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Whereas Judaism and Christianity speak of humans beings as created in God's image, Islam rejects the notion that humans can in any way bear the image of God.  Rather, Allah (God) created human beings as stewards to fulfill appointed tasks.  Their task on earth is to establish a just society. All humans are free moral agents, free to choose right or wrong.  They are capable of learning and remembering and are able to  withstand temptation and to make correct choices.  There is the possibility of forgiveness from God for wrong choices, but one must accept the consequences of one's choices.

 The Problem:  Human beings are prone to weakness, impatience and greed.  Notice, however, that humans are not by nature sinful or "fallen."  Humans are not by nature sinful.  Rather the human problem is intentional or unintentional  forgetfulness of one's divinely ordained purpose.  In other words, the problem is that we forget why we were created and who created us. All  humans are born with a pre-disposition to Islam; it is part of their innate nature. But as a baby grows up, it may be turned in another direction. This may be a turning towards another religion or perhaps away from recognition of the divine altogether. The human problem is thus the forgetting of one's inborn tendency to follow Allah.

A part of the problem lies with the efforts of Satan to lead human beings astray through trickery. Nevertheless, human beings are endowed with sufficient power to withstand temptation and, through reason and understanding, to make correct choices. 


The Cure: The solution to forgetfulness is to remember one's purpose on earth and one's dependence upon God. Allah sent the prophets to remind people of Allah and his message. These prophets included Adam, Abraham, Moses, Solomon and Jesus. These followers of Allah all brought his message, but in every case it was misunderstood, distorted, or forgotten. For example, it is believed that Abraham established the true worship of the one God, but over time people forgot (or chose to forget) and turned to other gods. Thus while some of Allah's message became known, the complete message was never available to humanity.


Finally, Allah sent Muhammad and entrusted the Qur'an to him. By dictating the Qur'an  Allah ensured that his message would be passed to humanity undistorted. Since Mohammed was the prophet who "got it right," he is the Final Prophet. Allah will make no more attempts to help humankind remember their innate link to him. The Qur'an thus is the guide that contains what humanity needs to know to remember  one's purpose and responsibility. Thus, Islam's solution to the human condition (forgetfulness)  is submission and obedience guided by the Qur'an.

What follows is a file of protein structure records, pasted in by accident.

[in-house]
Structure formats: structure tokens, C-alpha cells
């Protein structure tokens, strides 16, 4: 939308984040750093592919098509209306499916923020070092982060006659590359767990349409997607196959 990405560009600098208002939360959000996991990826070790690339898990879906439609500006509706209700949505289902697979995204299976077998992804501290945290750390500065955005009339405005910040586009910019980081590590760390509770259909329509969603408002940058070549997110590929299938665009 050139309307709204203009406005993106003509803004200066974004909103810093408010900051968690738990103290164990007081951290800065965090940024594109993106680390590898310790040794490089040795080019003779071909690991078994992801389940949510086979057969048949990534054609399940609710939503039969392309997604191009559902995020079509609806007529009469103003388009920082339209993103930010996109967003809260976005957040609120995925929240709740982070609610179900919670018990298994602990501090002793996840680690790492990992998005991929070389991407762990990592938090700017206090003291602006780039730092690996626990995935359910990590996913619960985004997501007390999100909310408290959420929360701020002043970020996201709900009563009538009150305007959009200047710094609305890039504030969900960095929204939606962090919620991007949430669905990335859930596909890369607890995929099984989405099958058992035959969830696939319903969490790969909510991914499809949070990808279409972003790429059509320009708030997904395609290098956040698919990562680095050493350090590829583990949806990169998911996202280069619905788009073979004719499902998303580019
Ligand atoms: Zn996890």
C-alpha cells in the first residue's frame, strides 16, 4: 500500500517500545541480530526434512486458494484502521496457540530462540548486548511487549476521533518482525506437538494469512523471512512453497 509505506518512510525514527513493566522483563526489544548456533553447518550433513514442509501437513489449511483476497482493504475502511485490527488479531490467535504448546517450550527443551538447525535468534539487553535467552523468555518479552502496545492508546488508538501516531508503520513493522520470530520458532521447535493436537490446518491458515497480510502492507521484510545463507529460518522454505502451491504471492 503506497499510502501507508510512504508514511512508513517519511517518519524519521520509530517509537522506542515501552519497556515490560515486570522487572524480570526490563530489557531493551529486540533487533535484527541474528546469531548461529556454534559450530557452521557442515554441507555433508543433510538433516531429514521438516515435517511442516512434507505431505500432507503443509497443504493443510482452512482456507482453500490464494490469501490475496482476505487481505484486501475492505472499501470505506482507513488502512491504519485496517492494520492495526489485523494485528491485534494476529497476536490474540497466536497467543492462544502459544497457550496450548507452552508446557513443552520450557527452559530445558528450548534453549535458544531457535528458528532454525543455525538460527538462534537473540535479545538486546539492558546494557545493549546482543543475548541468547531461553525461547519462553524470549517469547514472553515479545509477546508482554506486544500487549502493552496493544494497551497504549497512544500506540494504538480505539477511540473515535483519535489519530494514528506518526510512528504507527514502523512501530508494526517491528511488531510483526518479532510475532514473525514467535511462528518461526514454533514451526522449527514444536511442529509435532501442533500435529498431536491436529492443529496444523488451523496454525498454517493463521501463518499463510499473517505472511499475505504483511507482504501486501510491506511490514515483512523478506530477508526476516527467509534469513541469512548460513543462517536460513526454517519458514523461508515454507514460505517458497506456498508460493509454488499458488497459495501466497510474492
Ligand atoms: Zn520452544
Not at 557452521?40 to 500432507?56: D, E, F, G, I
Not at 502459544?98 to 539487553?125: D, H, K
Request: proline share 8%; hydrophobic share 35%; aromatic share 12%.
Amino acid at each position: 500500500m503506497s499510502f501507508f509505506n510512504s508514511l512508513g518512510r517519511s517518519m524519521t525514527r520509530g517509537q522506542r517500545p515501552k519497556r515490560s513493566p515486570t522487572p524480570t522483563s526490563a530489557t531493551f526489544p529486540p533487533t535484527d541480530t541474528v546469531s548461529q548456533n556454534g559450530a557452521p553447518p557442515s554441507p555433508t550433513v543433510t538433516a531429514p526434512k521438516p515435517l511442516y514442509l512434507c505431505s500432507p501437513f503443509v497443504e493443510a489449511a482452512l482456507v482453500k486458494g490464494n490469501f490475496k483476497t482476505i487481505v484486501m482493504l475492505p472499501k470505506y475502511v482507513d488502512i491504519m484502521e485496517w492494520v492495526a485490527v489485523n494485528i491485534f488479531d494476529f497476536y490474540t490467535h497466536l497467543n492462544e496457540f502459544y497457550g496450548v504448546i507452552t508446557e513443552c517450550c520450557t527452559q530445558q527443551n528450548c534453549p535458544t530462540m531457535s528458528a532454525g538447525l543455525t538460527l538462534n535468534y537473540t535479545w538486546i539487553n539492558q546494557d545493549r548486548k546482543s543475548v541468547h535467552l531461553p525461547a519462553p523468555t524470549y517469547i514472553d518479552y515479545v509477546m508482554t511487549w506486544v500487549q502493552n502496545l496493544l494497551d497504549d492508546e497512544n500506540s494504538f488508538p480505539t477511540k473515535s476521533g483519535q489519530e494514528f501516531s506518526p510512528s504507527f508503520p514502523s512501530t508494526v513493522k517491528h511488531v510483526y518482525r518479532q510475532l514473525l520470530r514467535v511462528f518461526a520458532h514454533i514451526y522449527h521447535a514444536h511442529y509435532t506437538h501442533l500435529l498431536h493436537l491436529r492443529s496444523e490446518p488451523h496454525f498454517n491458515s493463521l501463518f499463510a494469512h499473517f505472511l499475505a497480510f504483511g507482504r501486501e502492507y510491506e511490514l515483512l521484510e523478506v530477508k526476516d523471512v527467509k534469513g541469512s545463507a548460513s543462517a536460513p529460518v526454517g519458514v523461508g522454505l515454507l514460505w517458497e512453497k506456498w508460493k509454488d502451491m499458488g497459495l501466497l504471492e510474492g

In Islam, the notion of remembering is perhaps better expressed by the idea of mindfulness. One must constantly be mindful of Allah and the need to submit to him..  People remember  Allah and the path of submission to him primarily through observing the five pillars of Islam - particularly the requirements of shahadah and prayer. The shahadah is more than just making the confession, "There is no God but Allah and Muhammad is his prophet."  One's actions as well as one's words must demonstrate the recognition that there is no God but Allah.  In addition, the requirement to pray five times per day makes one constantly mindful of the need to submit to Allah's will.


Type of Salvation: Islam clearly falls into the category of individual salvation involving the idea of judgment.  In fact, the belief developed that judgment actually begins shortly after death. The deceased is visited by two angels who ask him/her about the oneness of God (Allah) and the identify of Muhammad.  Those who give correct answers are left alone until judgment day. If incorrect answers are given the two angels strike the person's faith and say, "Taste the punishment of burning."  Thus in Islam there are actually two judgments - one that takes place in the tomb and one that takes place on a Day of Resurrection.